This value of average, nett horizontal stress, at the end of a 12,500 km plate, which is specifically related to the plate moving with a velocity of 8.3 cm a-1, is shown as the end of curve A in Figure 3.14. The potential horizontal stress within the wedge changes in magnitude in a smooth curve (Figure 3.11b). The reduction in the nett horizontal stress for specific distances from the spreading-ridge can be estimated by using diagrams of the form shown in Figure 3.12. Such changes in magnitude are a consequence of the

Figure 3.14 Distribution of nett horizontal stress which can develop in a 12,500 km long oceanic lithosphere. This section is an approximate model of the Pacific plate. The vertical lines i to v represent the estimated magnitude of differential stress, based on seismic data (see Figure 2.32) at specific distances along a line approximately parallel to the direction of absolute plate motion, from the vicinity of Easter Island to the Marianas.

Figure 3.14 Distribution of nett horizontal stress which can develop in a 12,500 km long oceanic lithosphere. This section is an approximate model of the Pacific plate. The vertical lines i to v represent the estimated magnitude of differential stress, based on seismic data (see Figure 2.32) at specific distances along a line approximately parallel to the direction of absolute plate motion, from the vicinity of Easter Island to the Marianas.

reduction of the effective mass of the plate, as the spreading-ridge is approached, and also because of the decrease in thickness of the elastic layer.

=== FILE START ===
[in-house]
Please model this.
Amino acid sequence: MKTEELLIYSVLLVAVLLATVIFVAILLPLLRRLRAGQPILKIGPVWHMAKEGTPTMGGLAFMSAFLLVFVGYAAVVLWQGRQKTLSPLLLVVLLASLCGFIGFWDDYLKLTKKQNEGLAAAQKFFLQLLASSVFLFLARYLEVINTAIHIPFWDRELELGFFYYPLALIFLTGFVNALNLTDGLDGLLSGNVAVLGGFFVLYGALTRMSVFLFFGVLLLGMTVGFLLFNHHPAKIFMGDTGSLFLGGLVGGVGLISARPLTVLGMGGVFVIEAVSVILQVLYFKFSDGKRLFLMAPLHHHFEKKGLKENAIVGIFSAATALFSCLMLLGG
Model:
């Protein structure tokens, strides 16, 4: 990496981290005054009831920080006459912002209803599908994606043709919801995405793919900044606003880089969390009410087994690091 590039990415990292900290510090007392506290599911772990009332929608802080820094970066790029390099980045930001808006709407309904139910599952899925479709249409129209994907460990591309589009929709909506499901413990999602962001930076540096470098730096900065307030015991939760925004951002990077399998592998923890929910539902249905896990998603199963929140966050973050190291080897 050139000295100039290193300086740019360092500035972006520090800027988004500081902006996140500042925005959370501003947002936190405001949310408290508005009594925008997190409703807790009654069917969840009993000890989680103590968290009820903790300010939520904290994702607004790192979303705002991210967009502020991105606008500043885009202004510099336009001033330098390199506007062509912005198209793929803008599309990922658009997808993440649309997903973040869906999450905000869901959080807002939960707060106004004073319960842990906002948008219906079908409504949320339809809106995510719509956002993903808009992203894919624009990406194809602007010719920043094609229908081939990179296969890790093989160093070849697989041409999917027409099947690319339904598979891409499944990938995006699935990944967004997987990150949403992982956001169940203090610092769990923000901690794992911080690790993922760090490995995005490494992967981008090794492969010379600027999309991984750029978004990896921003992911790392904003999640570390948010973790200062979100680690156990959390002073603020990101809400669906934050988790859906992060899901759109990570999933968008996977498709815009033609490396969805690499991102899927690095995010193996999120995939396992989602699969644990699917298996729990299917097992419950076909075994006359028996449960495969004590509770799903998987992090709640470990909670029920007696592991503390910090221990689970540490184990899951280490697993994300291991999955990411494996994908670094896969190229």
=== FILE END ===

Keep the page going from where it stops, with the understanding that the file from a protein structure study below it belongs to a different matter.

Because it has been assumed that the low-velocity zone is constant in thickness, the basal viscous restraint will increase linearly from the spreading-ridge to the maximum extent of the plate. Consequently, the nett horizontal stresses at specific distances from the spreading-ridge are as listed in Table 3.3.

If one assumes the LVZ to have a thickness of 75 km or 100 km, the total stress curves are as shown by B and C respectively in Figure 3.14. The values of the available nett horizontal stress at these distances are plotted together with the values of stress inferred by Govers et al. (1992) from seismic data in the Pacific (Figure 2.32). The sites of these earthquakes lie adjacent to a line from the vicinity of Easter Island to the Mariana Trench, which is also approximately parallel to the direction of plate motion.

There are only five data points (I-V), in this section, regarding intraplate stresses, based on interpretation of seismic evidence. Stress bar I supports, and IV lends some support to, curve C. Stress bars I, II and IV are in reasonable agreement with curve B, while stress bars

Table 3.3

Distance from ridge (km) Average sustainable glide Nett resistive stress (108 Pa) Total available stress (108 Pa stress (108 Pa) s)

Table 3.3

Distance from ridge (km) Average sustainable glide Nett resistive stress (108 Pa) Total available stress (108 Pa stress (108 Pa) s)

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